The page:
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I do not worry much about the brand I look at the spec's of individual racquets. Most brands make a few good racquets and a few that are not good. I look for racquets with the best feel, touch and control and don't worry about power because racquets built for power are bad for your arm if you want more power get an elastic string and lower the tension. I found a great list of the best racquets for tennis elbow at http://tenniselbowracquet.com/tennis-racquet .
Good luck and keep playing with the right racquet tennis should be a sport for a lifetime!
 

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I think that yes, the various brands have distinct personalities that are consistent across their frames. Since I'm a car buff, I'll compare them to those (US variants)

In my experience:

Wilson--the Honda of rackets. They really do pretty much everything well, even if they aren't great at any particular single aspect. Usually have moderately good feel, middling stiffness, if a Wilson isn't your favorite stick it's probably your second favorite stick.

Head--More like old-school Audis. Not to everyone's liking with some just plain weird engineering and feel, but if you like them and know how to control them, they are really good. I haven't played with them much (since I find the hard to use) but they give really immediate feedback--almost too much for me. At the same time, I find them a bit floppy, even the ones that are supposed to be stiff.

Prince--classic 'merican muscle, like a Camaro or Mustang. Floaty, not a lot of feel or feedback, but oodles of V-8 power no matter how crappy your swing is. Even their rackets that are supposed to be "control" rackets are more about power than control.

Babolat--Porsche. Not necessarily super better premium, but just that they take a basic racket (think the 911) and roll out 37 different customized versions of it that all have good stiffness and good feedback, but the power really does range from a 6 cyclinder that's pretty tepid up to triple-turbo charged models. I think that's the reason they're selling so well right now is that anyone can find a Babolat they like.

Just my opinions. The funny thing is another person will contradict everything I say, and be completely right without me being wrong. That's why you have to playtest rackets.
I loved this analogy too and, anyone on Dunlop racquets?
 

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A lot of places will let you demo racquets, so you can just take a couple with you to see what you like. Keep doing that with different racquets and you will figure out what works best with your game.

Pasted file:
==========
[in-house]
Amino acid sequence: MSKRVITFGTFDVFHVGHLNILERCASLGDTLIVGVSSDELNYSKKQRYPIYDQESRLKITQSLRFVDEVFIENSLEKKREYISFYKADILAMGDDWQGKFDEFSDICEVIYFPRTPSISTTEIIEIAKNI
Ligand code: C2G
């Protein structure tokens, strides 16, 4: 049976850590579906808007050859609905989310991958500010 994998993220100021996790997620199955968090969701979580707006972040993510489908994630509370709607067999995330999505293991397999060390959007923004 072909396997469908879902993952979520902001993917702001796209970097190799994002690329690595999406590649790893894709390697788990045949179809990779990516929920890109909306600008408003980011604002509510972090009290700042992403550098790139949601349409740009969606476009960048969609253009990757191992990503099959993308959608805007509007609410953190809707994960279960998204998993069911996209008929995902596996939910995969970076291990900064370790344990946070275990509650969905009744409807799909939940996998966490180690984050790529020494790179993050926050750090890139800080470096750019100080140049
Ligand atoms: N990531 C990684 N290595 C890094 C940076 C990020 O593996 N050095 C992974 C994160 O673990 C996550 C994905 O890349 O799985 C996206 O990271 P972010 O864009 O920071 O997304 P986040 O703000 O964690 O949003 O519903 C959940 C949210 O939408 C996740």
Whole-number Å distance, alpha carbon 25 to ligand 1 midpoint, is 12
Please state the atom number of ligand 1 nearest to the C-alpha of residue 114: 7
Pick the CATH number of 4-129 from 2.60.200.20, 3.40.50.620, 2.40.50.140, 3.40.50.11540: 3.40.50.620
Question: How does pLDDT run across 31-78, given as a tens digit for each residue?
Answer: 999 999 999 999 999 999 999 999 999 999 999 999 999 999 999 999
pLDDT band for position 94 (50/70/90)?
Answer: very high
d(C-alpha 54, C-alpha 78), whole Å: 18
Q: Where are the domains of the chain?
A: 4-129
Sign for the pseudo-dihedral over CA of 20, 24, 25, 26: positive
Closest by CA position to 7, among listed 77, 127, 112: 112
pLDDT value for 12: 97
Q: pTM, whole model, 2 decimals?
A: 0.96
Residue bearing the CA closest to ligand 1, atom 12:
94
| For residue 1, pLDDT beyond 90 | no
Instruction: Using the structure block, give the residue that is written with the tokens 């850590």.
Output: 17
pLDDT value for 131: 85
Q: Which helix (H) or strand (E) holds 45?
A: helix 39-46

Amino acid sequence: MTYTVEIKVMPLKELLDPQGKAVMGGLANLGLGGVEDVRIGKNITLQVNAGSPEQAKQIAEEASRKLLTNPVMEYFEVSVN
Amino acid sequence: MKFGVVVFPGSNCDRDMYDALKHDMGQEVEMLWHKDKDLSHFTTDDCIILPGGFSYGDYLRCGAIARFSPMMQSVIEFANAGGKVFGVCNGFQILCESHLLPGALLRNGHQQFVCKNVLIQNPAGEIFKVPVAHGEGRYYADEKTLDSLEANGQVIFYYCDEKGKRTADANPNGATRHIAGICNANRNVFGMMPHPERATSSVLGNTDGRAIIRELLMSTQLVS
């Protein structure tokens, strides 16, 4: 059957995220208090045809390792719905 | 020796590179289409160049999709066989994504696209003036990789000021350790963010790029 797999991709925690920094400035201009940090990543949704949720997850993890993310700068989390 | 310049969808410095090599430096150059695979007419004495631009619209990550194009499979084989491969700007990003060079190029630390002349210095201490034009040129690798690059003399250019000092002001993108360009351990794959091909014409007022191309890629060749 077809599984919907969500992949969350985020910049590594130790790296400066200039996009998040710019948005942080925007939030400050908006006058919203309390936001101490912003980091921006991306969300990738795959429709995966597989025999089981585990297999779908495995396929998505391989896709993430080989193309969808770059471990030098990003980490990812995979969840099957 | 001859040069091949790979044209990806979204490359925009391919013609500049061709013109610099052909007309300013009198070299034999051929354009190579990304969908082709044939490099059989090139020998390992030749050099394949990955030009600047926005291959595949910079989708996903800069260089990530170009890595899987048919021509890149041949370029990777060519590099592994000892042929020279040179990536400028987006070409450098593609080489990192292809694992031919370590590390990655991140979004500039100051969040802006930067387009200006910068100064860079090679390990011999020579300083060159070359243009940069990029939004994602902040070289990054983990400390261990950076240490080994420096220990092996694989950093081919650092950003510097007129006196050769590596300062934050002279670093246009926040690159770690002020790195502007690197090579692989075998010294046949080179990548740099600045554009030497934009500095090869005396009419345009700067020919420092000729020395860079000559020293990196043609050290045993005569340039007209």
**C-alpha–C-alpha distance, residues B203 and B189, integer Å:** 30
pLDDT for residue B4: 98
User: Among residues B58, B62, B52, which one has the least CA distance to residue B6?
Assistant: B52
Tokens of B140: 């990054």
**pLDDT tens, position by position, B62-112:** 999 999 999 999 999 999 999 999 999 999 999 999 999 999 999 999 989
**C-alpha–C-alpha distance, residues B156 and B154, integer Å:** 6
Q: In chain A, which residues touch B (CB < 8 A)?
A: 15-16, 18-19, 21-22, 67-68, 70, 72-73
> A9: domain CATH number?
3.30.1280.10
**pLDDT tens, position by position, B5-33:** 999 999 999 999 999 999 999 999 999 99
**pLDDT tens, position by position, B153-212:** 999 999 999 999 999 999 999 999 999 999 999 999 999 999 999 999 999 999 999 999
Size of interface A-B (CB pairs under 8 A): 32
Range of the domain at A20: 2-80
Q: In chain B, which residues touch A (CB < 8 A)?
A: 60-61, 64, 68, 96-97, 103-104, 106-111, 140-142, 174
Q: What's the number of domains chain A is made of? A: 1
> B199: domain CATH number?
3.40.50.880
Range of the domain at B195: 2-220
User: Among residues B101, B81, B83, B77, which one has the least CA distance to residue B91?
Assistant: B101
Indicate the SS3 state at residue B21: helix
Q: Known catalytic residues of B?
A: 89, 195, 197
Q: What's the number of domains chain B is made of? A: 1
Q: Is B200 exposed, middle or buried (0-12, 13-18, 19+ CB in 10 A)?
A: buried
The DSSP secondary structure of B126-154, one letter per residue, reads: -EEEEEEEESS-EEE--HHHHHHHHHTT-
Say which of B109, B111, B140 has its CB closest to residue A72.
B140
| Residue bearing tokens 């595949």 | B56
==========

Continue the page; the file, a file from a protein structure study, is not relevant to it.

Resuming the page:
Hey don't mind try to visit this site tennisracketpro.com you will find best rackets variety and reviews.
 

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I would spend at the very least $50.

Good brands are Wilson, Head, Prince, and Babolat.

Look for racquets where the frame is one solid piece. Cheaper racquets often have a two piece frame. You can see the separation of the two frame pieces at the lower part of the head, where the strings attach at the bottom of the head.

Grip size is extremely important. If you have a small hand you will likely want a grip around 4 1/4" - 4 3/8". Larger hands will use 4 1/2 - 4 5/8".

Don't get the wrong size grip, or it will make the racquet difficult to hold.

Also, if you are very small in height, they make shorter length racquets for little people. They are 26.5" long, and you can find good quality models in this shorter length.

If you are thinking about spending a little more for a better racquet, ask the store if they have a demo program. Some stores have demos they can lend you to try them out before you buy them.

I also recommend finding a practice tennis wall in your neighborhood that you can spend time working on your strokes. Some public tennis courts have practice walls. Also, schoolyards sometimes have big walls.

If you decide to try to find a decent used one on Craigslist, you might get a very good deal. Check the frame of a used racquet carefully to make sure it has no cracks.

Many times when racquets become discontinued, they drop the prices down significantly in stores like Big 5. You can sometimes get a racquet that previously sold for $200 for around $60 - $80.
 
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